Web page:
With the condom law defeated, the industry looks to make its return

Southern California’s signature and controversial adult entertainment industry may return home after the defeat of a measure that would have mandated condoms on adult film sets statewide.

Photo credit: David Crane; Los Angeles Daily News

Photo credit: David Crane; Los Angeles Daily News

When Californians voted last week to reject Proposition 60, they handed a major victory to an industry that has long been based in Los Angeles but that has been fleeing the county in recent years to Nevada, Arizona and other locations due to what many in the business see as overzealous condom requirements.

L.A. has seen a staggering 95% drop in on-location porn permit requests in the last four years, following the passage of a separate 2012 county measure requiring condoms, according to county permit data. But porn industry leaders say they are now bullish that the defeat of Prop. 60 as well as other recent condom-related victories will reverse the exodus.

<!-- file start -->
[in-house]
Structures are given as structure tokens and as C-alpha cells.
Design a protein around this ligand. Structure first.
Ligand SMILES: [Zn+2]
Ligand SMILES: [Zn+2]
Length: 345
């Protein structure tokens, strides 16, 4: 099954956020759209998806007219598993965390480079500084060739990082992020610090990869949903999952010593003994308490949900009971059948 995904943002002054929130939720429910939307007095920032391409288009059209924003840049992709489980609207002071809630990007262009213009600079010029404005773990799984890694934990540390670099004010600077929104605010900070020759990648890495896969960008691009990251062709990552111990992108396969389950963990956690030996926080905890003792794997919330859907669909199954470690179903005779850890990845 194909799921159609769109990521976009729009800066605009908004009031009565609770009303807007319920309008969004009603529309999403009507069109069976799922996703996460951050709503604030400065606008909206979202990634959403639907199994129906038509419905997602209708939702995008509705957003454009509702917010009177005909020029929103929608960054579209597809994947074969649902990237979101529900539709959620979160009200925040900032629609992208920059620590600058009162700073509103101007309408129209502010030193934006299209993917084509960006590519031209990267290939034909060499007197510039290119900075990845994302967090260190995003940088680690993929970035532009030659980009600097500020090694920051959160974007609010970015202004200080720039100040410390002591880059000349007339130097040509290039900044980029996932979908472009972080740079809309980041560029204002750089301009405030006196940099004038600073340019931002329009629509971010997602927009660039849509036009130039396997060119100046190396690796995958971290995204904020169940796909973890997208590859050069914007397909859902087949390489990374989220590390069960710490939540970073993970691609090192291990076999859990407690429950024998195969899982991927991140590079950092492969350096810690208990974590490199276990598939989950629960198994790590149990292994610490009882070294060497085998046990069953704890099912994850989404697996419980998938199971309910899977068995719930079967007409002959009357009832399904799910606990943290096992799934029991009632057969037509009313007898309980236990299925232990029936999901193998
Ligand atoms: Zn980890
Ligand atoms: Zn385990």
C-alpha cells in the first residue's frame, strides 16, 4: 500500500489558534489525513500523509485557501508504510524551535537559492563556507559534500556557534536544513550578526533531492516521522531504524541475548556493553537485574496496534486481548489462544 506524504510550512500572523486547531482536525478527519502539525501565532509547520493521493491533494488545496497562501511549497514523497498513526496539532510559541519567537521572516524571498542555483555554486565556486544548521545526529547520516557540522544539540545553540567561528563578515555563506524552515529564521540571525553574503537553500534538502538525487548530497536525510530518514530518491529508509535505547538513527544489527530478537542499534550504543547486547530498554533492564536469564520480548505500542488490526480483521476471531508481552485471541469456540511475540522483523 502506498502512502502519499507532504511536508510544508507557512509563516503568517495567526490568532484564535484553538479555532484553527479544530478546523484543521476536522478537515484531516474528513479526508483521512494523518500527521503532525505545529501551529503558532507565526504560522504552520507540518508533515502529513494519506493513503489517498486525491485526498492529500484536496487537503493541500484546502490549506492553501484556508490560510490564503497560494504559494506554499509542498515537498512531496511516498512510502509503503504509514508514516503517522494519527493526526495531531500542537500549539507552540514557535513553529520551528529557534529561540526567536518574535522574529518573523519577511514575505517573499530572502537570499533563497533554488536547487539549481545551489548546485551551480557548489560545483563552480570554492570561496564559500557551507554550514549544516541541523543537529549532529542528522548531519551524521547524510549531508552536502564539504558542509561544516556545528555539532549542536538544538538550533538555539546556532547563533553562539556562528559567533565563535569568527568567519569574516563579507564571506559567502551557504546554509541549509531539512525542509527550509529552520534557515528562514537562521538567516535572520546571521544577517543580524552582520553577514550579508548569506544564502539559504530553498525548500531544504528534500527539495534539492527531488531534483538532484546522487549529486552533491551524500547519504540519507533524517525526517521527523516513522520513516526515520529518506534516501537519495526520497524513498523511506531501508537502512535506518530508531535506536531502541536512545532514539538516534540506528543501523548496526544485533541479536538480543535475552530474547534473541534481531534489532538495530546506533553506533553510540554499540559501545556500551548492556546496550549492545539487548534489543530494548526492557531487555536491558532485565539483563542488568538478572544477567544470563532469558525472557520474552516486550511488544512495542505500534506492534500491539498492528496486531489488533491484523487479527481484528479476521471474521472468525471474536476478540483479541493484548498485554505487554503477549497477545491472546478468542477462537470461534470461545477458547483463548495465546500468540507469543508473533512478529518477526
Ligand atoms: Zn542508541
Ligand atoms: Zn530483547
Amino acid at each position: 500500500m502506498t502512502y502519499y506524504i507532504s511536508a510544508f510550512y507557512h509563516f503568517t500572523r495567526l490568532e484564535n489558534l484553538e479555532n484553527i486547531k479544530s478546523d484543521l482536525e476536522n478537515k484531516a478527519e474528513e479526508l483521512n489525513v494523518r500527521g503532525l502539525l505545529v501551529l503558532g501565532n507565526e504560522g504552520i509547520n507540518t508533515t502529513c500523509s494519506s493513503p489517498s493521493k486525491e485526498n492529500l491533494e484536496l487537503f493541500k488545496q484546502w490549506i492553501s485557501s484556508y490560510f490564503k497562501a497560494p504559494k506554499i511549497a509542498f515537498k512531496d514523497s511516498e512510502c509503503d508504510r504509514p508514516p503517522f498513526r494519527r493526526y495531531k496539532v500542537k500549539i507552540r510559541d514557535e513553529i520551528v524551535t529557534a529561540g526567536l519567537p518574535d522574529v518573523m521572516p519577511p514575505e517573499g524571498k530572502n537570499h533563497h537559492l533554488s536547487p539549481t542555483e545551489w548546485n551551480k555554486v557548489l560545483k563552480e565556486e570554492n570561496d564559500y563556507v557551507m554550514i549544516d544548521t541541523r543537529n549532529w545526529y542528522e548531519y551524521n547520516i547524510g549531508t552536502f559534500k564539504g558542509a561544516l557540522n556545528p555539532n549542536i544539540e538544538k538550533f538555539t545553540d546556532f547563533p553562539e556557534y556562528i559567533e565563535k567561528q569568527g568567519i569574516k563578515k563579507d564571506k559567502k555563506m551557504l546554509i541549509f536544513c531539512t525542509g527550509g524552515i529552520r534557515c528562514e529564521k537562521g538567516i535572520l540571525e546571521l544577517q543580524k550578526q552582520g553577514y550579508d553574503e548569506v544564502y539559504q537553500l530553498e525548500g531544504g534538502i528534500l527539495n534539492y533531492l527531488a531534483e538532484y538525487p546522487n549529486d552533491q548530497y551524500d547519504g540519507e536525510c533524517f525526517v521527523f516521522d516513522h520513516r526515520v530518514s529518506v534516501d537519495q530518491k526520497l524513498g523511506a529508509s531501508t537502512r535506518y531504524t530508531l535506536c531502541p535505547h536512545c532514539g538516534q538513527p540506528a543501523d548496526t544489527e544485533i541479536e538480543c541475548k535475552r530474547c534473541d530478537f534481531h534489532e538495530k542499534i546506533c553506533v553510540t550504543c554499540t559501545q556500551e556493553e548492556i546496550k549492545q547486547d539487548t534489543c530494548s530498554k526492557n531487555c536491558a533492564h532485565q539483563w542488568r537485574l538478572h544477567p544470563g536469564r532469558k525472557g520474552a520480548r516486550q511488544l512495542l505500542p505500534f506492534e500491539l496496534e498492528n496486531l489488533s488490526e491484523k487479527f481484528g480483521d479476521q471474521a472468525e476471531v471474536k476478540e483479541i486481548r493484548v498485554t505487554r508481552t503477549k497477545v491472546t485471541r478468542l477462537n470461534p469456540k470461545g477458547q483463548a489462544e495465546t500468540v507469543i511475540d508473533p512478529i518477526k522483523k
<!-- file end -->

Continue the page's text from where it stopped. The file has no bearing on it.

“The industry is moving back to L.A. — unquestionably,” said Steven Hirsch, founder and co-chairman of L.A.-based Vivid Entertainment, one of the largest adult entertainment companies in the country. “The business has changed and has downsized. But you’ll see the vast percentage coming back to L.A.”

Momentum appears to be on the industry’s side. Measure B, the 2012 law that requires condoms on all porn shoots in L.A. County, is still in effect but is no longer being enforced after a lawsuit brought by Vivid against the county was settled in March. The California Division of Occupational Safety and Health, or Cal/OSHA, declined earlier this year to adopt a different measure that would have mandated condoms on porn shoots.

“I am greatly encouraged,” said John Stagliano, founder and owner of Evil Angel, a maker and distributor of adult movies based in the San Fernando Valley. He said a rebound in L.A. shoots is likely and that the defeat of Prop. 60 sends a clear message about the rights of porn workers to choose not to wear condoms.  “It’s amazing that in the area of sexuality, people tolerate restrictions on our rights and don’t in other areas,” Stagliano added.

The win comes as the porn industry continues to contend with dwindling revenue due to the ubiquity of free online amateur porn and rampant piracy. The business also faces considerable push-back from activists who argue that it is putting performers at risk by allowing them to engage in unprotected sex.

Prop. 60 would have made condoms compulsory in all scenes featuring sexual intercourse. The measure was sponsored by Michael Weinstein, who as head of the AIDS Healthcare Foundation has become a persistent adversary to the porn industry. Weinstein didn’t reply to a request for comment.

Read the full L.A. Times article.